little amount of incompatible blood needs to be transfused to trigger the signs and symptoms of an impending IHTR. The first signs and symptoms may include fever, chills, general uneasiness, back pain, hemoglobinuria, dyspnea, hypotension, shock, uncontrollable bleeding, pain at the infusion site, nausea, flushing, lightheadness, substernal pain, hemoglobinemia and anemia. These reactions are the consequences of the various cytokines which are released including interleukin 1 (IL-1), tumor necrosis factor alpha (TNF-) and IL-6 and IL-8.6 These BMRs are all critical mediators of immune and inflammatory response and synergize with each other to precipitate the reactions and produce the major signs and symptoms of IHTR.
Many studies have expanded our knowledge of the pathophysiology of shock, inflammation and DIC, as they affect the outcome of HTRs. Rakic6 has shown in models of acute immunoglobulin M (IgM) mediated red cell incompatibility in experimental HTRs, that plasma TNF- levels rise sharply in a dose and time-dependent manner, peaking at 2 hours after the onset of the event. He also showed that the elevated rise in TNF- contributes to hyotension, fever, capillary permeability, and acute shock, which are associated with the HTRs. According to him, the levels of IL-8, monocyte chemotactic protein-1 (MCP-1), and neutrophil activators also rise after about 4 hours and remain elevated even after 48 hours. When the HTRs is IgG mediated, the concentrations of IL-1, IL-6, and IL-8 increase significantly within 6 hours, remain elevated for 24 hours and precipitate fever, hypotension, leukocytosis, shock, T cell proliferation and stimulation of immunoglobulin production. Increased BMRs also contribute to hemostatic dysfunction and precipitate a DIC. This may be attributed to the actions of IL-1 and TNF-, which produce changes in the hemostatic properties of endothelial cells surface, resulting in elevated tissue factor and a decrease in thrombomodulin expression and a suppression of the activity of protein C. Activation of thrombin, bradykinin, epinephrine and IL-1 may induce acute renal failure, leading to renal hypoperfusion and widespread fibrin deposit. Thus the cytokines are major contributors to the immune and inflammatory response from HTRs.6
The morbidity and mortality of an acute hemolytic transfusion reaction correlates with the amount of blood transfused. The signs and symptoms associated with extravascular IHTR are relatively mild compared to intravascular hemolysis and not as life threatening. In either type of hemolytic crisis, the patients must be provided with the care and support they need to prevent or reduce the risk of developing DIC, hypotension, and acute renal failure. The best treatment for IHTR is preventative. Most cases of IHTR are preventable because they are usually attributable to clerical errors. Error is ubiquitous whenever humans are involved in a process. Fortunately, most transfusion-related errors are benign however, the risk of death due to IHTR rivals that of HIV transmission and administration of the wrong blood or of blood component to the wrong recipient has occurred at many facilities.7 Most blood misadministration errors are caused by failure to identify the recipient and blood unit adequately, although phlebotomy errors and blood bank errors also contribute significantly. Many of the errors are multifactorial and may reflect underlying systems defects. Noncompliant specimen labels may be a cue to an increased risk of phlebotomy error. Autologous blood is not immune from error and poses infectious disease risks as well as the risk of hemolytic transfusion reaction as is perioperatively recovered blood which may pose a risk of air embolism if improperly handled.7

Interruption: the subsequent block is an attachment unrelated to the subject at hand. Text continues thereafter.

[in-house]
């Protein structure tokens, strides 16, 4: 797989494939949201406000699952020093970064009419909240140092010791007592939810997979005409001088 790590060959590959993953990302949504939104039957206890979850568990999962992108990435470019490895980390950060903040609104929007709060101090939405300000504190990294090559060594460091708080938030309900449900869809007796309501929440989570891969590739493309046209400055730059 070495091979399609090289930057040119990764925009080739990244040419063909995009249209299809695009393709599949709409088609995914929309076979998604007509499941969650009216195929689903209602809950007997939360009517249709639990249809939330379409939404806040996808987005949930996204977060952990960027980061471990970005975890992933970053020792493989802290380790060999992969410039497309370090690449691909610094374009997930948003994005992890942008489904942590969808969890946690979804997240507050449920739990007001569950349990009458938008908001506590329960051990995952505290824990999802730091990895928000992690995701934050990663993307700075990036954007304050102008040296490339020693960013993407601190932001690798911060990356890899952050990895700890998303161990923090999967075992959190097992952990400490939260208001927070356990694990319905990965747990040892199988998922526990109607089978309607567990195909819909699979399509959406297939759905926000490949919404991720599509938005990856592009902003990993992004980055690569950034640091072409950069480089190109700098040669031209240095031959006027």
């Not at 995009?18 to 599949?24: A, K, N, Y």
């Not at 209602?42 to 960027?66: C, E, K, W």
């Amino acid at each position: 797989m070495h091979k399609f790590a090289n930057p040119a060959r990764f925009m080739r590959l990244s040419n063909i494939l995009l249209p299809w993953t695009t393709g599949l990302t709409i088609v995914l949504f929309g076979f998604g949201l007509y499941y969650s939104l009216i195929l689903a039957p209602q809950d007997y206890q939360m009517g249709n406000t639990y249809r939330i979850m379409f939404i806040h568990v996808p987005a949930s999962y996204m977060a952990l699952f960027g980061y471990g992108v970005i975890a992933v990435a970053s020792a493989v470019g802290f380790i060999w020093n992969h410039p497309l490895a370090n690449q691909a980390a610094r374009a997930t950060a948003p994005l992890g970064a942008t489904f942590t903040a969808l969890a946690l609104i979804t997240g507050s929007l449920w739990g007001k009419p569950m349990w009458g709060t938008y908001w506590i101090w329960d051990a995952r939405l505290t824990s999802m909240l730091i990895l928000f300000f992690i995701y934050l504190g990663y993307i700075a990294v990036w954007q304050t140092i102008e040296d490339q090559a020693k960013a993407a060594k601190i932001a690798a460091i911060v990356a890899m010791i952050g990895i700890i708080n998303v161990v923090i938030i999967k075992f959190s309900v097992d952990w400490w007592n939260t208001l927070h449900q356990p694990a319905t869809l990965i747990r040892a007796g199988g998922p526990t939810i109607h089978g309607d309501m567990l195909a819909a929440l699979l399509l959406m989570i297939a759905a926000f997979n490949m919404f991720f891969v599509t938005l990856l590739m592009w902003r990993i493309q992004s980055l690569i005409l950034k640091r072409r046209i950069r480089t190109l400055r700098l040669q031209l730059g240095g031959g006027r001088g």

When all standard operating procedures (SOPs) are scrupulously followed and adhered to, to ensure proper patient identification, sample collection, labeling and identification of units, patient testing, and handling and correct transfusion at patient bedside, then the incidences of IHTR is minimized.2 Hemolytic transfusion reaction is considered a rare complication of platelet transfusion. If minor ABO incompatibility exists such as the presence of donor antibody directed against recipient's red cells in plasma-incompatible platelets, the antibodies present in the plasma of platelets might cause acute hemolysis.8
Delayed Hemolytic Transfusion Reaction Delayed hemolytic transfusion reaction (DHTR) is the destruction of transfused blood or blood components after an interval during which the recipient mounts a secondary immune response to the foreign antigens. This reaction might be seen along with delayed serologic transfusion reaction (DSTR) in which transfused red cells are sensitized by newly formed antibodies without clinical hemolysis. Various alloantibodies have